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Why Madison Listening Tour



Nov 15, 2012

"Why Madison?" Philadelphia

President's Journal —
Philadelphia, Nov. 9, 2012

It was a special treat to ponder the connection to James Madison, the Founding Father
Tonight we have brought the "Why Madison?" Listening Tour to Center City Philadelphia, to the Courtyard Marriott—where, by the way, the general manager is a JMU alum. It's a beautiful setting and a historic venue—not least because it is the site of the Constitutional Convention, at which our eponym, James Madison was the key player. It has been such a treat to be here to make that special JMU connection with Madison alumni and parents in the area. We had a gracious host in Jeff Gammage, our Pulitzer Prize-winning alumnus, who was able to take an evening off in the midst of post-Sandy and post-election coverage from his life as a Philadelphia Inquirer reporter.

Alumni far from home want to reconnect
Even though we're several hours from JMU, people are talking about how they long to connect and reconnect. That's fun—and promising. They are offering many ideas about how to do that. They've also put that idea into practice by becoming active in the Philadelphia-area alumni chapter. They are recreating—or should I say organically extending—that sense of JMU hospitality they knew and loved as students. They are creating that sense of JMU community several hours away in a major city on the East Coast. It's not only fun, but it is helpful to JMU, to see these chapters grow and become stronger. They will become the focal points for new ways of engaging our alumni in the life of JMU today.

Alumni offered ideas to engage alumni
To that end our alumni gave us suggestions for events and activities that would further engage them in the lives of our current students. We discussed tonight that intergenerational learning, and alumni mentorship of our students, are helpful connections.  Given the energy that we felt tonight, I look forward to seeing more alumni reconnect with one another, remember and renew their special Madison Experience, get excited all over again and reach back to help today's students. That needs to happen, not just here in the Philadelphia area, but all over the country where we have JMU alumni and students.  We discussed the many ways to become involved in the life of JMU. The purpose, of course, is to preserve and enhance that special JMU educational culture that alumni experienced so that today's students will benefit from similar experiences. Tonight alumni and parents were interested in learning more about the opportunities to do so. First and foremost is the need for alumni to act as ambassadors for JMU. We heard examples tonight of alumni and parents who have gone to college fairs and have spoken on our behalf, individuals who have served as mentors to our students, or who have developed internship programs where they work or where they have an opportunity to employ JMU graduates. There are so many ways that alumni can be involved and engaged in the life of the university. We appreciate them all, and we encourage other alumni and parents to take their cue from the Madison community that has been established in the Philadelphia area.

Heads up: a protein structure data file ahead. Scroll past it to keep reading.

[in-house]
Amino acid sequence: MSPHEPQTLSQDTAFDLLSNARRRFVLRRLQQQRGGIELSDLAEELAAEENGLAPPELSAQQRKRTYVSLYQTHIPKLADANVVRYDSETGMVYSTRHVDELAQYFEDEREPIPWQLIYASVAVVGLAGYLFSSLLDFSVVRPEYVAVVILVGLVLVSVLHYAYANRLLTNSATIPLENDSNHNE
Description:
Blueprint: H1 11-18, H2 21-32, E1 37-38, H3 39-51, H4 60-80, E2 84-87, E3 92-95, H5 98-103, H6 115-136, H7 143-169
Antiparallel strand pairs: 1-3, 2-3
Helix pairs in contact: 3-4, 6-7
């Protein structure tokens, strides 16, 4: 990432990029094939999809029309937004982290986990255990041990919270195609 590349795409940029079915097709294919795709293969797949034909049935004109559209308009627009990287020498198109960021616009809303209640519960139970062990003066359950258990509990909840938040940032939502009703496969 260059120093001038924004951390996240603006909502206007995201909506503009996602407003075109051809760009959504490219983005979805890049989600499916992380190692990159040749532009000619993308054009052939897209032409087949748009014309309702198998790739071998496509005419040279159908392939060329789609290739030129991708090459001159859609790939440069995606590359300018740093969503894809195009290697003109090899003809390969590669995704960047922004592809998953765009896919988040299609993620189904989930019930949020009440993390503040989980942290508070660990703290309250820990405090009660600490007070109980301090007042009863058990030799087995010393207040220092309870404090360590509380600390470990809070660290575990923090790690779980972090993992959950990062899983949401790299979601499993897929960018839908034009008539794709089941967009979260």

JMU LOVE recreates the civic and volunteer life students knew at Madison
One of the opportunities for Madison engagement that came up tonight was the JMU LOVE program. It connects Madison volunteers with volunteer opportunities at JMU. That program is a great opportunity for alumni and parents to extend the engaged culture of James Madison University—the same culture they or their children experienced as students. Life as a JMU student is intensively social and civically involved. The JMU LOVE program facilitates that same culture for alumni. It highlights the many volunteer opportunities that exist at JMU, so alumni can put their energy into advancing the cause of James Madison University.  Our alumni can make such a difference in the lives of our students, and intergenerational relationships lead to enhanced education and opportunities for both students and alumni.

Parents are just as involved—perhaps more so